DDR5 Memory Modules Already Sold Out Despite High Prices
Posted: May 29,2023
With Intel’s release date for Alder Lake CPUs coming close on November 4, the first desktop computers that support DDR5 memory kits will be available for consumers. Despite high early-adopter prices, most memory kits have already sold out.
Intel’s 12th generation of CPUs can work with both DDR4 and DDR5 modules; therefore, choosing which module to use will largely depend on the motherboard you are using.
If you opt for DDR5 modules, you will access Intel’s XMP 3.0 but at a significantly higher cost compared to the older DDR4 standard. Prices of these memory modules start from $115 for 16 GB of Crucial’s DDR5 4800, which is currently the most affordable model available. These DDR5 modules go up to $369 for GeIL's Polaris RGB DDR5 5200, while buying a Corsair DDR5 module will cost you between $289 and $359.
Obviously, many PC enthusiasts are determined not to miss out on the latest PC upgrade, leading to Amazon currently being out of stock for all of the above-mentioned models.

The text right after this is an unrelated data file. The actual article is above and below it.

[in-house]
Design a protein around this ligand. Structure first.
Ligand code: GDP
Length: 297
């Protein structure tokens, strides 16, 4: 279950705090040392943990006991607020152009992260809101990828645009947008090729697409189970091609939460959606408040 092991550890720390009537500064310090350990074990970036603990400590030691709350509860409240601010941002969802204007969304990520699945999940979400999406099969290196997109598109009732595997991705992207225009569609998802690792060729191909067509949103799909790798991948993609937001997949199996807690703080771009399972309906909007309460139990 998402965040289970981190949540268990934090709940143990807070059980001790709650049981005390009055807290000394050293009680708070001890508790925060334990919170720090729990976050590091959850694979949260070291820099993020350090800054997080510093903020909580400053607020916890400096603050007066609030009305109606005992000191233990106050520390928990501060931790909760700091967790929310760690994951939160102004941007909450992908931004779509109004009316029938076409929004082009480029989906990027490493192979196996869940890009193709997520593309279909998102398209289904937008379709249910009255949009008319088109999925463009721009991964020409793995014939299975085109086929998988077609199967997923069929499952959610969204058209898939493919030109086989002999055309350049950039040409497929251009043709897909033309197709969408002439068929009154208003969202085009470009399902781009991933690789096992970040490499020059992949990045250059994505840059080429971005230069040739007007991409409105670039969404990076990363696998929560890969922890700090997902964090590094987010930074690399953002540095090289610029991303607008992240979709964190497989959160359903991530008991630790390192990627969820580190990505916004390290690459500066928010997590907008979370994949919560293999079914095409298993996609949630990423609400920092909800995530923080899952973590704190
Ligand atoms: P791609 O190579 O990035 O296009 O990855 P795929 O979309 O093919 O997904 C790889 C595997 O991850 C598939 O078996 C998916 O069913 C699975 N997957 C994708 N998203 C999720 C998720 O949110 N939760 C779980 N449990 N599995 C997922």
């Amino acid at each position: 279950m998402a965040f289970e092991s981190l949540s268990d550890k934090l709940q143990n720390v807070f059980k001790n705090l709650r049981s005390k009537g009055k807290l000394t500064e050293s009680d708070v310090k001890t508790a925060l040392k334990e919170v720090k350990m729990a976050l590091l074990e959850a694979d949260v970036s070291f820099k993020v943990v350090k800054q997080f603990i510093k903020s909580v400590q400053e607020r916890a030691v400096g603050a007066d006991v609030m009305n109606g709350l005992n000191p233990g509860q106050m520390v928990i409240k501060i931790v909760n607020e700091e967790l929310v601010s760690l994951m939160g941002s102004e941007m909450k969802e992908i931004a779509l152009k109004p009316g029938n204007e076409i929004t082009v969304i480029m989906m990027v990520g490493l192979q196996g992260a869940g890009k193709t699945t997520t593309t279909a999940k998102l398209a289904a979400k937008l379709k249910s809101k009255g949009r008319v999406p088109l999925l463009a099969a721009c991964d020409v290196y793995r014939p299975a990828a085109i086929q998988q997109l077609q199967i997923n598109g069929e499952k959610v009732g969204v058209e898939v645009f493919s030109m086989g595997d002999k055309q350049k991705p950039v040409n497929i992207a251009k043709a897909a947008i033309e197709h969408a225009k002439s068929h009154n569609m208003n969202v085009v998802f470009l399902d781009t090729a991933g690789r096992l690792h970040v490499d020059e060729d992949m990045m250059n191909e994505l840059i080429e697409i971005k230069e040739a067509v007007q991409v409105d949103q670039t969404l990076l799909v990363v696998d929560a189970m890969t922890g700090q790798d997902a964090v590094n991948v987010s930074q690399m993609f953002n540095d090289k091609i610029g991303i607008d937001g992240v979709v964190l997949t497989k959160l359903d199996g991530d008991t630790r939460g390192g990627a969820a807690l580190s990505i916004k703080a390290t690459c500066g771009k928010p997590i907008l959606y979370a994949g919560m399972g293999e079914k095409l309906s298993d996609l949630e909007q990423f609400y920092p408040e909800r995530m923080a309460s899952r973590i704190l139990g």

There are some changes with the new RAM architecture worth mentioning, too. The maximum size of DDR5 modules will go up to 128 GB per unit instead of 32 GB DDR4 sizes. The highest data rate will be doubled from the previous generation to 6.4 Gbps.
New memory sticks will have two 32-bit channels, unlike DDR4, which had a single 64-bit one. Voltage for these new memories will drop to 1.1 V from 1.2 V for the last-gen modules. Voltage regulation is now included on the memory module and not on the motherboard as before. This will likely lead to slightly cheaper motherboards but more expensive RAM kits.
It will take quite some time for DDR5 to become widely available and affordable. It’s best to sit comfortably in your gaming chair and wait for the prices to normalize a bit.
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With a degree in humanities and a knack for the history of tech, Jovan was always interested in how technology shapes both us as human beings and our social landscapes. When he isn't binging on news and trying to predict the latest tech fads, you may find him trapped within the covers of a generic 80s cyberpunk thriller.